Therefore, the pass-through system of U.S. Pat. No. 5,700,125 decreases the size, complexity, and cost compared with prior art pass-through systems. However, the reliance completely on gravity to provide the pass-through function does have disadvantages. Specifically, in order to provide complete interchangeability between two library storage modules, two pass-through systems are required in horizontally adjacent library storage modules: one pass-through system from the originating library module to the receiving library module, and a second pass-through system from the receiving library module back to the originating library module. Furthermore, the pass-through system is only capable of working in one direction in vertically adjacent libraries, such that cartridges that are passed to a downwardly adjacent library module can never be passed back upward. Lastly, the process by which the tape cartridge is transferred between library storage modules still requires the orientation of the cartridge to be changed in order to ensure proper library operation.
Therefore, it is an object of the present invention to provide a library storage module with a pass-through system which is completely interchangeable, so as to be operable in both directions between adjacent library storage modules.
It is another object of the present invention to provide a library storage module with a pass-through system which is capable of transferring cartridges to an additional library storage module without requiring a change in the orientation of the cartridge.
It is another object of the present invention to provide a library storage module with a pass-through system that operates reliably within an automated cartridge library without the need for additional motors, amplifiers, sensors, and associated electrical equipment.
It is another object of the present invention to provide a pass-through system which is compact so as to minimize the loss of storage capacity in the library storage module.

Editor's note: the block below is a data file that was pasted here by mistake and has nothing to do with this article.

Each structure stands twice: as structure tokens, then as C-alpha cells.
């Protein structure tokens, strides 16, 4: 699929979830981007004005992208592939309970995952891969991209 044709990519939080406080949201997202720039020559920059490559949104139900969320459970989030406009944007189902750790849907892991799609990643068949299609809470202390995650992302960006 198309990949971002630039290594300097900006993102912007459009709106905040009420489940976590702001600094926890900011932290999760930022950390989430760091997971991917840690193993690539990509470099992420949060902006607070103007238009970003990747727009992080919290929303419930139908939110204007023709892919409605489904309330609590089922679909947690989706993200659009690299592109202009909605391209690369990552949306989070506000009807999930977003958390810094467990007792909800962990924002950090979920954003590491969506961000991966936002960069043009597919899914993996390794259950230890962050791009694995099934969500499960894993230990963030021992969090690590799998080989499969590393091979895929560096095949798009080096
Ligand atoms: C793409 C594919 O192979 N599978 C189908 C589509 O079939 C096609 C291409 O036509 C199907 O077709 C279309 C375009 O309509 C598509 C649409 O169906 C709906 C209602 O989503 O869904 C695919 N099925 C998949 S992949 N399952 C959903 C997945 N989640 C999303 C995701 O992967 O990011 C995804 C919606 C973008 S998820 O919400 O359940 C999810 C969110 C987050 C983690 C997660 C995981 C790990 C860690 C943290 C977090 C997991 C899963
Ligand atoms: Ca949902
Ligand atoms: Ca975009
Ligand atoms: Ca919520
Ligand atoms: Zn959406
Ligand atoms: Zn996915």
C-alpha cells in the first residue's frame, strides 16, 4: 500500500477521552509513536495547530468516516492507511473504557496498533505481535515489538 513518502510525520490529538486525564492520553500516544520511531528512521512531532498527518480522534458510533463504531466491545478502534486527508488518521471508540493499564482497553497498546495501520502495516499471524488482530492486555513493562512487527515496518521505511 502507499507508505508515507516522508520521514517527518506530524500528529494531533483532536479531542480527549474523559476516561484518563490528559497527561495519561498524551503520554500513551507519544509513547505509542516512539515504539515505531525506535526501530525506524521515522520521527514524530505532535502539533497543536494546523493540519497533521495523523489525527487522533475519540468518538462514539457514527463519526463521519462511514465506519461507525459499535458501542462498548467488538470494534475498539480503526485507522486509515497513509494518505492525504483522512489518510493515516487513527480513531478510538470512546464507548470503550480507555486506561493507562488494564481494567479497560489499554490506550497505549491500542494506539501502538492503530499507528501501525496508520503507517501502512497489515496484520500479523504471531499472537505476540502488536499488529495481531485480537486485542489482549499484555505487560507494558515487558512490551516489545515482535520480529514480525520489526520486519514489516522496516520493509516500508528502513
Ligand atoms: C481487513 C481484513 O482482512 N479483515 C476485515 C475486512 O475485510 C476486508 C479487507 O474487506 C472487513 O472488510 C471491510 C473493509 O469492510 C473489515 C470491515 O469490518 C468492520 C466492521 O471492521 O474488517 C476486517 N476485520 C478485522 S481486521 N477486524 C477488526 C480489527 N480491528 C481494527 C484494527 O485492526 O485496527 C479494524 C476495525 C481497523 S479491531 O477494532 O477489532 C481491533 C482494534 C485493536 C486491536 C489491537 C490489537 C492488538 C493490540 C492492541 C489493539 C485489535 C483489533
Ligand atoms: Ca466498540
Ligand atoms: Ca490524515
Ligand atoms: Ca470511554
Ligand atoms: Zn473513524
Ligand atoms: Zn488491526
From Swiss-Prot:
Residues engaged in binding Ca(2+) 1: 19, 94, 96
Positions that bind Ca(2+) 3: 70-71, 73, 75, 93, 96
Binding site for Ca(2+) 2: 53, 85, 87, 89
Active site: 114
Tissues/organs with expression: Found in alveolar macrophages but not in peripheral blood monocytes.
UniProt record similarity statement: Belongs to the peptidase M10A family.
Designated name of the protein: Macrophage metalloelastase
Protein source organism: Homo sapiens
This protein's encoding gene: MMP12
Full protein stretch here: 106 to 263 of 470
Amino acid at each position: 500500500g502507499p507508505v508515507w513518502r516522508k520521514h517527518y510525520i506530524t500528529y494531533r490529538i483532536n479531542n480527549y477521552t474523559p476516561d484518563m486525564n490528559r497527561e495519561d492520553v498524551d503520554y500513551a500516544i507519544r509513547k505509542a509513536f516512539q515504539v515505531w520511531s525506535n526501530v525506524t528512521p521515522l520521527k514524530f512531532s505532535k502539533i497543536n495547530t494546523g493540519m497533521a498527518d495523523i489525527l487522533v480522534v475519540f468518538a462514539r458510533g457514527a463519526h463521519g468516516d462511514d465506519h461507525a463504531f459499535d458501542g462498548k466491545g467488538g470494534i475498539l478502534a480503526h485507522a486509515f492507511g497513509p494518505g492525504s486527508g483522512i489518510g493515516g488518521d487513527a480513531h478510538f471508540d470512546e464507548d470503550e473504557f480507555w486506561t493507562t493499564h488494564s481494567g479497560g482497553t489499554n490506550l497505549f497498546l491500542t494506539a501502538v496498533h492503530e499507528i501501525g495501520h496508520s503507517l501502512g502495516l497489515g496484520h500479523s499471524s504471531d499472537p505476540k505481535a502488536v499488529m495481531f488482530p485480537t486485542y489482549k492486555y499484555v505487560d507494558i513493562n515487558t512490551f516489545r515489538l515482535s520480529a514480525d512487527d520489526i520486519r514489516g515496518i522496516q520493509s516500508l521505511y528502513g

It is yet another object of the present invention to provide a library storage module with a pass-through system which is relatively inexpensive to produce and maintain.
Accordingly, a library storage module is provided with a pass-through system operable to transfer tape cartridges in any direction between the original library storage module and an additional library storage module, wherein each library storage module is provided with a respective pass-through port. A pass-through tray is located in the original library storage module, and is sized to receive at least one cartridge. Preferably, the pass-through tray is provided with an extension bar attached thereto which provides an engagement surface for an actuator, such as a robotic arm, located inside the library storage module. A guide rail is provided along which the pass-through tray moves, the guide rail extending through the respective pass-through ports of the adjacent library storage modules. Upon instructions from a processor, one of the robotic arms applies force to the extension bar, thereby moving the pass-through tray and any cartridges contained therein along the guide rail between the adjacent library storage modules. Therefore, the pass-through system is operable to transfer cartridges between adjacent library storage modules without requiring a change of the orientation of the cartridges, and without requiring the use of additional motors and sensors.